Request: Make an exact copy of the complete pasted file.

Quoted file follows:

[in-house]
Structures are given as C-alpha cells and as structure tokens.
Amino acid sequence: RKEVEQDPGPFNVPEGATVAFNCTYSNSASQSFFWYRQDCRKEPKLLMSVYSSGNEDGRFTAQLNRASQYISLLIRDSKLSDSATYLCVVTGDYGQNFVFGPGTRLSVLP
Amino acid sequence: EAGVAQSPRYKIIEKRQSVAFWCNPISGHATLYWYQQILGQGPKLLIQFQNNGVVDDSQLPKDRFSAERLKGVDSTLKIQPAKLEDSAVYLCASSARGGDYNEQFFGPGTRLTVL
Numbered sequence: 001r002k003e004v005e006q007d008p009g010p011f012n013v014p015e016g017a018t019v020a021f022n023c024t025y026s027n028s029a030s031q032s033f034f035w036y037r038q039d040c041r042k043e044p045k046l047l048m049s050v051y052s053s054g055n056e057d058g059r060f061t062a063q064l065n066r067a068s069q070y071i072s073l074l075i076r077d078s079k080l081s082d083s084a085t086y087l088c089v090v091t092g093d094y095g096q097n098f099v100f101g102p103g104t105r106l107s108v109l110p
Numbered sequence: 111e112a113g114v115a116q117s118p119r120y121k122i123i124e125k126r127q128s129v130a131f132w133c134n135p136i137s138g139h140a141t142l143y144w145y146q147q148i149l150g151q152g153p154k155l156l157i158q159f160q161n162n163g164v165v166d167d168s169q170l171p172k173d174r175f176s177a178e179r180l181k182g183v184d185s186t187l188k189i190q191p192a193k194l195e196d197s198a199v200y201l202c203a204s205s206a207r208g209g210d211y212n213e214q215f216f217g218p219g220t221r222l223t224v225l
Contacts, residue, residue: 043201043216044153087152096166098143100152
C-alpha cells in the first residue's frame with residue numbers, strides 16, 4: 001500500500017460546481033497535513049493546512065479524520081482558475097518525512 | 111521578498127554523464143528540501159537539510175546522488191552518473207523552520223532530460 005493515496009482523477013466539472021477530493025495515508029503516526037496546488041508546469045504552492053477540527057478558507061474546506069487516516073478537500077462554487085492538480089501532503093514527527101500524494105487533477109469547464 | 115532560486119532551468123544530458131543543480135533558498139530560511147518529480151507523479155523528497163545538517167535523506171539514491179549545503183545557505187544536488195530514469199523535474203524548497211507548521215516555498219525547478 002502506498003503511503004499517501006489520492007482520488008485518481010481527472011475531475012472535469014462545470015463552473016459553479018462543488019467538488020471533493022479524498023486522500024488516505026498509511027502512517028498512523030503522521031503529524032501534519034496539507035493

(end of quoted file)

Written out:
[in-house]
Structures are given as C-alpha cells and as structure tokens.
Amino acid sequence: RKEVEQDPGPFNVPEGATVAFNCTYSNSASQSFFWYRQDCRKEPKLLMSVYSSGNEDGRFTAQLNRASQYISLLIRDSKLSDSATYLCVVTGDYGQNFVFGPGTRLSVLP
Amino acid sequence: EAGVAQSPRYKIIEKRQSVAFWCNPISGHATLYWYQQILGQGPKLLIQFQNNGVVDDSQLPKDRFSAERLKGVDSTLKIQPAKLEDSAVYLCASSARGGDYNEQFFGPGTRLTVL
Numbered sequence: 001r002k003e004v005e006q007d008p009g010p011f012n013v014p015e016g017a018t019v020a021f022n023c024t025y026s027n028s029a030s031q032s033f034f035w036y037r038q039d040c041r042k043e044p045k046l047l048m049s050v051y052s053s054g055n056e057d058g059r060f061t062a063q064l065n066r067a068s069q070y071i072s073l074l075i076r077d078s079k080l081s082d083s084a085t086y087l088c089v090v091t092g093d094y095g096q097n098f099v100f101g102p103g104t105r106l107s108v109l110p
Numbered sequence: 111e112a113g114v115a116q117s118p119r120y121k122i123i124e125k126r127q128s129v130a131f132w133c134n135p136i137s138g139h140a141t142l143y144w145y146q147q148i149l150g151q152g153p154k155l156l157i158q159f160q161n162n163g164v165v166d167d168s169q170l171p172k173d174r175f176s177a178e179r180l181k182g183v184d185s186t187l188k189i190q191p192a193k194l195e196d197s198a199v200y201l202c203a204s205s206a207r208g209g210d211y212n213e214q215f216f217g218p219g220t221r222l223t224v225l
Contacts, residue, residue: 043201043216044153087152096166098143100152
C-alpha cells in the first residue's frame with residue numbers, strides 16, 4: 001500500500017460546481033497535513049493546512065479524520081482558475097518525512 | 111521578498127554523464143528540501159537539510175546522488191552518473207523552520223532530460 005493515496009482523477013466539472021477530493025495515508029503516526037496546488041508546469045504552492053477540527057478558507061474546506069487516516073478537500077462554487085492538480089501532503093514527527101500524494105487533477109469547464 | 115532560486119532551468123544530458131543543480135533558498139530560511147518529480151507523479155523528497163545538517167535523506171539514491179549545503183545557505187544536488195530514469199523535474203524548497211507548521215516555498219525547478 002502506498003503511503004499517501006489520492007482520488008485518481010481527472011475531475012472535469014462545470015463552473016459553479018462543488019467538488020471533493022479524498023486522500024488516505026498509511027502512517028498512523030503522521031503529524032501534519034496539507035493